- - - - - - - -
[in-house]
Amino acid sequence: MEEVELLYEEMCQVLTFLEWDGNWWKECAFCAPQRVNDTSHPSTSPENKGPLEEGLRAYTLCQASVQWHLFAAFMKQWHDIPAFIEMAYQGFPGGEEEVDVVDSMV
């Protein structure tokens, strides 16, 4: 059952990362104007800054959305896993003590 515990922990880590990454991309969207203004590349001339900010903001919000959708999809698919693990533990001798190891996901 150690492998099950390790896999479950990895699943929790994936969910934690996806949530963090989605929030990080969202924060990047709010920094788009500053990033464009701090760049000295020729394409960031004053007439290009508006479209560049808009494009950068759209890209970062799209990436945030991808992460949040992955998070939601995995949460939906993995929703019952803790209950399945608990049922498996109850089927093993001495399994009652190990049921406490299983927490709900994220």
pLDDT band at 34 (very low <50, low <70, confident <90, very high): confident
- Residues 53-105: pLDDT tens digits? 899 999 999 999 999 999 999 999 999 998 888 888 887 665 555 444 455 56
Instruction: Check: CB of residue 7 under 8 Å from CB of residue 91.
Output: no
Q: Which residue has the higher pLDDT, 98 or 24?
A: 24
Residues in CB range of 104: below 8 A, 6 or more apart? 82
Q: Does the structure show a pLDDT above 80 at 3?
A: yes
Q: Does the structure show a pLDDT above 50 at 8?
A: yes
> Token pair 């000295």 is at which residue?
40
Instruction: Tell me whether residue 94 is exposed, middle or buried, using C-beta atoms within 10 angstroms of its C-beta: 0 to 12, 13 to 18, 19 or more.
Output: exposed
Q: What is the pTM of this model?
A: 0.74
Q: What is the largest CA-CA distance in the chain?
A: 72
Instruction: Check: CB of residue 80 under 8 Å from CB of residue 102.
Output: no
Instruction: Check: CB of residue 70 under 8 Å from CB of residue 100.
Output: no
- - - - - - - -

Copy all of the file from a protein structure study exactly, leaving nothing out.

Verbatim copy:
[in-house]
Amino acid sequence: MEEVELLYEEMCQVLTFLEWDGNWWKECAFCAPQRVNDTSHPSTSPENKGPLEEGLRAYTLCQASVQWHLFAAFMKQWHDIPAFIEMAYQGFPGGEEEVDVVDSMV
């Protein structure tokens, strides 16, 4: 059952990362104007800054959305896993003590 515990922990880590990454991309969207203004590349001339900010903001919000959708999809698919693990533990001798190891996901 150690492998099950390790896999479950990895699943929790994936969910934690996806949530963090989605929030990080969202924060990047709010920094788009500053990033464009701090760049000295020729394409960031004053007439290009508006479209560049808009494009950068759209890209970062799209990436945030991808992460949040992955998070939601995995949460939906993995929703019952803790209950399945608990049922498996109850089927093993001495399994009652190990049921406490299983927490709900994220």
pLDDT band at 34 (very low <50, low <70, confident <90, very high): confident
- Residues 53-105: pLDDT tens digits? 899 999 999 999 999 999 999 999 999 998 888 888 887 665 555 444 455 56
Instruction: Check: CB of residue 7 under 8 Å from CB of residue 91.
Output: no
Q: Which residue has the higher pLDDT, 98 or 24?
A: 24
Residues in CB range of 104: below 8 A, 6 or more apart? 82
Q: Does the structure show a pLDDT above 80 at 3?
A: yes
Q: Does the structure show a pLDDT above 50 at 8?
A: yes
> Token pair 């000295």 is at which residue?
40
Instruction: Tell me whether residue 94 is exposed, middle or buried, using C-beta atoms within 10 angstroms of its C-beta: 0 to 12, 13 to 18, 19 or more.
Output: exposed
Q: What is the pTM of this model?
A: 0.74
Q: What is the largest CA-CA distance in the chain?
A: 72
Instruction: Check: CB of residue 80 under 8 Å from CB of residue 102.
Output: no
Instruction: Check: CB of residue 70 under 8 Å from CB of residue 100.
Output: no